water to preserve its shape when formed and that it may be more easily
formed by the machine. At each pull of the pincers a small tack, driven
automatically part way in, holds the edge of the upper exactly in place,
so that every part of the upper has been stretched in all directions
equally. A special machine by means of a series of “wipers” is used to
last the toe and heel. After the leather has been brought smoothly
around the toe, it is held there by a little tape fastened on each side
of the toe, which is held securely in place by the surplus leather,
crimpled in at this point. The surplus leather crimpled in at the heel is
forced smoothly down against the insole and held there by tacks driven
by an ingenious hand tool. In all these lasting operations the tacks are
only driven in part way, so they may afterwards be withdrawn and leave
the inside perfectly smooth, except at the heel of the shoe, where they
are driven into the iron heel of the last and clinched.

[Illustration: Rough Rounding. _See page 131._]

[Illustration: Edge Trimming. _See page 130._]

After these operations, the surplus leather at the toe and sides of the
shoe is removed by the “upper trimming machine,” which cuts it away by
means of a little knife and leaves it very smooth and even. A small
hammer operating in connection with the knife pounds the leather on the
same parts. A pounding machine hammers the leather and counter around
the heel so that the stiff position conforms exactly to the last.

After the “lasted” shoe has been trimmed and pounded down to the shape
of the last, it is turned over to the tack setter, who pulls out all the
tacks except a few, called draft tacks. The insole is then wet to make it
pliable, and is turned over to a very experienced operator, called the
“inseamer,” who is to sew the welt on.

The shoe is now ready to receive a narrow strip of prepared leather,
that is sewed after it is wet to make it pliable, along the edge of the
shoe, beginning where the heel is placed and ending at the same spot on
the opposite edge. This is called the welt, and is sewed from the inside
lip of the insole, so that the curved needle passes through the lip, the
upper, and the welt, uniting all three securely and allowing the welt to
protrude beyond the edge of the shoe. The thread is very stout linen, and
is passed through a pan of hot wax before being looped into chain stitch
that holds the shoe together.

The nature of the stitch is a chain--two rows of threads on the outside
that loop with the single thread in the inside lip of the insole. When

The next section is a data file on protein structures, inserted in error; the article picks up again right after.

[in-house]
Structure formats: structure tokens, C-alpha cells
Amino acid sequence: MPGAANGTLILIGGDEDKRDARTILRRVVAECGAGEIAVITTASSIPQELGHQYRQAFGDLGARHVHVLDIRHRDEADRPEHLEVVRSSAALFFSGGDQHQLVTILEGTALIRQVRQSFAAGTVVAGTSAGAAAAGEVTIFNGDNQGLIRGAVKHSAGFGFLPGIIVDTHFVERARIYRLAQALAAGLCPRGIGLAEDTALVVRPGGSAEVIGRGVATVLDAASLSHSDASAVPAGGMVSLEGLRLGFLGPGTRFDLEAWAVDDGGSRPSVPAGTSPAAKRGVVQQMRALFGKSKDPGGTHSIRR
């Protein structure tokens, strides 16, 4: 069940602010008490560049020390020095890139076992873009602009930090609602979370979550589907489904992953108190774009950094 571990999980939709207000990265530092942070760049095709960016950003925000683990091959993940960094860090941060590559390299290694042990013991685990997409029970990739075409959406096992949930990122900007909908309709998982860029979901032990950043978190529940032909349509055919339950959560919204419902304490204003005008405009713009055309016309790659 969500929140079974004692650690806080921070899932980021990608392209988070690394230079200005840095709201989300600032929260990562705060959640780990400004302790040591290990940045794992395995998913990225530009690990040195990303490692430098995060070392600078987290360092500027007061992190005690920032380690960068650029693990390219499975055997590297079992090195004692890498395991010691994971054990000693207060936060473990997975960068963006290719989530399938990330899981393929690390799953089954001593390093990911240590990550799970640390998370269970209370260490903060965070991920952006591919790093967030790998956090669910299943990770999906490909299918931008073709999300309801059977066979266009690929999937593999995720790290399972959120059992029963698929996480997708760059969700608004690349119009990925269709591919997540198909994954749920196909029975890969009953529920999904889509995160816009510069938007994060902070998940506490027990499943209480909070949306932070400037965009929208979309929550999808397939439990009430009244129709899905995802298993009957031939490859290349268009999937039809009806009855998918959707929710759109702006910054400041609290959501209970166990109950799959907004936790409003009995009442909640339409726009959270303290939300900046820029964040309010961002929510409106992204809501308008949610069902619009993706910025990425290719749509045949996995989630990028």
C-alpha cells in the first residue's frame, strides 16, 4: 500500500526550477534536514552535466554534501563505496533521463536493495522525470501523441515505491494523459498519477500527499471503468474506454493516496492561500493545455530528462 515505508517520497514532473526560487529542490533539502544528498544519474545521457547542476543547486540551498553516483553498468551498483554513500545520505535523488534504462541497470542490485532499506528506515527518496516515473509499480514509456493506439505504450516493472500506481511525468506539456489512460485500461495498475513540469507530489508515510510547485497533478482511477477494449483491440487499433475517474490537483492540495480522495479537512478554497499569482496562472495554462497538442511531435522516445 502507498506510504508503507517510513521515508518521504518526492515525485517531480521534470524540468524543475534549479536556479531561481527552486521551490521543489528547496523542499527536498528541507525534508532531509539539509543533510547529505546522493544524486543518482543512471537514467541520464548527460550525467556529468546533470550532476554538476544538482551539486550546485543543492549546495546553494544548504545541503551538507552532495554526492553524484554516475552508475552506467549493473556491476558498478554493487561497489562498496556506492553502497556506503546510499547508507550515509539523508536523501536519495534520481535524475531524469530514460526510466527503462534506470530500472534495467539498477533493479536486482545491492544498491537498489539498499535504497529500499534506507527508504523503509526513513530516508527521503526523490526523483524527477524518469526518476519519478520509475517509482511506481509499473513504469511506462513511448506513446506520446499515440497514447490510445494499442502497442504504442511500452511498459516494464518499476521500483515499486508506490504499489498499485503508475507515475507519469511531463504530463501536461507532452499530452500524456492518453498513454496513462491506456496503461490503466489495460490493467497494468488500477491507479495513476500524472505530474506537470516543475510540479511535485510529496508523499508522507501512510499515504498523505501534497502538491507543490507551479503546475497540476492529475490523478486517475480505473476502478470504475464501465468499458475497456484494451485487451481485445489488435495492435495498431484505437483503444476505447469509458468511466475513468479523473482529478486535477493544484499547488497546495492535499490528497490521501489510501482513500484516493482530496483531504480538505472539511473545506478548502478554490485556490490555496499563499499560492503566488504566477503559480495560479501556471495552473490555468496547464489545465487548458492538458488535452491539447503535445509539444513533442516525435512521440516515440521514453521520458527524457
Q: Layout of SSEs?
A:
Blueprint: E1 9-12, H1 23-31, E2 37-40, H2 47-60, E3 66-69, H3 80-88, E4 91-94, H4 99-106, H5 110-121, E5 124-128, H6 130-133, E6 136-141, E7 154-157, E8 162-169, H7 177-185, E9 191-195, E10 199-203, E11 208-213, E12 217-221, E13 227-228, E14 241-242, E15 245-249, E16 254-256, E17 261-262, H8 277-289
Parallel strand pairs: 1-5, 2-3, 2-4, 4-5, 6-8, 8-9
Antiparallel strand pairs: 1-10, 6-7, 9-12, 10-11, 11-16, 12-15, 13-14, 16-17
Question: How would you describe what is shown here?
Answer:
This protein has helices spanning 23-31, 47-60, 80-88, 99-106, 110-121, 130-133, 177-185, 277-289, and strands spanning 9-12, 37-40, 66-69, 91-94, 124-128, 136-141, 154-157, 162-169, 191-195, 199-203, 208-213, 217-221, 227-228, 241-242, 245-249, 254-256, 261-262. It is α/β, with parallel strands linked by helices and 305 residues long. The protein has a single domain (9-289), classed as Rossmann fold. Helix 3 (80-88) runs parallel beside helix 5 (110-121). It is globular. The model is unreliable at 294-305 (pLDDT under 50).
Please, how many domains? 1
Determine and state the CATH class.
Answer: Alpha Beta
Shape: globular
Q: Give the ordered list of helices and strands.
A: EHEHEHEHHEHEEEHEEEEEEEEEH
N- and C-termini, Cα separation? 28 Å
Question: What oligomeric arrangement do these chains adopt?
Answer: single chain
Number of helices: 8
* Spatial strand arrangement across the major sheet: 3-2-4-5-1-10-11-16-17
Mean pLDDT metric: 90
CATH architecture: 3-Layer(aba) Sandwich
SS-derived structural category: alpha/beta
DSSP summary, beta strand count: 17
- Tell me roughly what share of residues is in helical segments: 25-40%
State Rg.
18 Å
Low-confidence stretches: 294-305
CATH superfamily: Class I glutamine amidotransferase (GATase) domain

the welt is finally sewed on, and the shoe put down on the bench, it
looks like an ordinary shoe resting on a wide flange of leather. This
flange is the welt, and to it the heavy outer sole is to be sewed fast.
Should a single stitch break in this operation, it is passed to a
cobbler, who repairs it by hand.

Before the outer sole is put on, the edges of the uppers must be trimmed
along the seam that holds the welt. A slip of steel called steel shank
is laid along the insole where the hollow of the foot is, and a piece of
leather board laid over this to give the necessary stiffness and prevent
the shoe from doubling up. As the welt has left a hollow space along the
ball of the foot, it is necessary to fill this up, either with a piece
of leather, tanned felt, or other filler. Felt is not waterproof, and
leather squeaks, hence a mixture of ground cork and rubber cement is
used. This is heated and spread on the sole, and run over a hot roller
until the bottom of the shoe is perfectly smooth and even. The shoes are
placed on a rack and are ready for the outsole.

Sole fastening is performed by a number of operations, in which a score
or more of separate machines are used. The sole layers smear a rubber
cement over this welt with a “cementing machine,” after the outsole has
been soaked in water to make it pliable, and then place it on the shoe
and tack a single nail in the heel. The “sole laying machine,” through
great pressure, cements the sole on and fits it to every curve of the
last. Then the sole is trimmed by a “rough rounding machine,” which trims
the soles to the shape of the last. This machine also channels the outer
sole at the same time, which is necessary for the next operation. The
“channel opening machine” now turns up the lips of the channel and the
sole is ready to be stitched to the welt.

The outsole is now sewed by a waxed thread to the welt, by an “outsole
lock stitch machine,” which is similar to a welt sewing machine. The
stitch is finer and extends from the slit (channel) to the upper side of
the welt, where it shows after the shoe has been finished.

It unites the sole and welt with a tightly drawn lock stitch of